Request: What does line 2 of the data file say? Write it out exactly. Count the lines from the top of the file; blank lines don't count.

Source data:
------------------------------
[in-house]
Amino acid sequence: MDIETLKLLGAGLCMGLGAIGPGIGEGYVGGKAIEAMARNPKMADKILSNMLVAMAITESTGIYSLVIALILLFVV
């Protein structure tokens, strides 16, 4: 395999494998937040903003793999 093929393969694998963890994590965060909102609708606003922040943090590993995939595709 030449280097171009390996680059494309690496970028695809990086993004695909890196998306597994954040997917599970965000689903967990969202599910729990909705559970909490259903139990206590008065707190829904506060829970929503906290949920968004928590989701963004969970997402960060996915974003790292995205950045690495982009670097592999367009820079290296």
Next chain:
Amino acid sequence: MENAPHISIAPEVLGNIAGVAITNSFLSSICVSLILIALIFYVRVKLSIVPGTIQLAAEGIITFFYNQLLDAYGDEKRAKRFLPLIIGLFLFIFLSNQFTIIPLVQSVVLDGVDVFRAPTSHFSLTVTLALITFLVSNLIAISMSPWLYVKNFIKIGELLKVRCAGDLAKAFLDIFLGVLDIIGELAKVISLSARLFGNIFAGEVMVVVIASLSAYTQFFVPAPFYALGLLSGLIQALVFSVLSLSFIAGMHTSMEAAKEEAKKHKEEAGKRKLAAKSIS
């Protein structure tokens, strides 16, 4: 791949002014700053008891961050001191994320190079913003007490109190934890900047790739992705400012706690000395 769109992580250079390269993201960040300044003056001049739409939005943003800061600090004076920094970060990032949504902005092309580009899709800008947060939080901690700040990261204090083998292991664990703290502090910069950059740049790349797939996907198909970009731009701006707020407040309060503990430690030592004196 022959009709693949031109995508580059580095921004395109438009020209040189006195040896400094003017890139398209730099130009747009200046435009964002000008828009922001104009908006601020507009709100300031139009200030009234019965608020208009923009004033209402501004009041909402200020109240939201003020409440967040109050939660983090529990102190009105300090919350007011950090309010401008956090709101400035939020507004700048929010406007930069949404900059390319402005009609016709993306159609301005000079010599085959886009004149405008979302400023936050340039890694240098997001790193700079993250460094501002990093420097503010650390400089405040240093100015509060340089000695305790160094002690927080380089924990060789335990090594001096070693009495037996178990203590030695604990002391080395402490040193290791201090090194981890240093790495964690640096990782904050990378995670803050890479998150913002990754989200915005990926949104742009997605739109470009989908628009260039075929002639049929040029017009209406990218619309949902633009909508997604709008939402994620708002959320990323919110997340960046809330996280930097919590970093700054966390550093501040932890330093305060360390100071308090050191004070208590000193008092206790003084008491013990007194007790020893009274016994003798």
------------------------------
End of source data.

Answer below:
Amino acid sequence: MDIETLKLLGAGLCMGLGAIGPGIGEGYVGGKAIEAMARNPKMADKILSNMLVAMAITESTGIYSLVIALILLFVV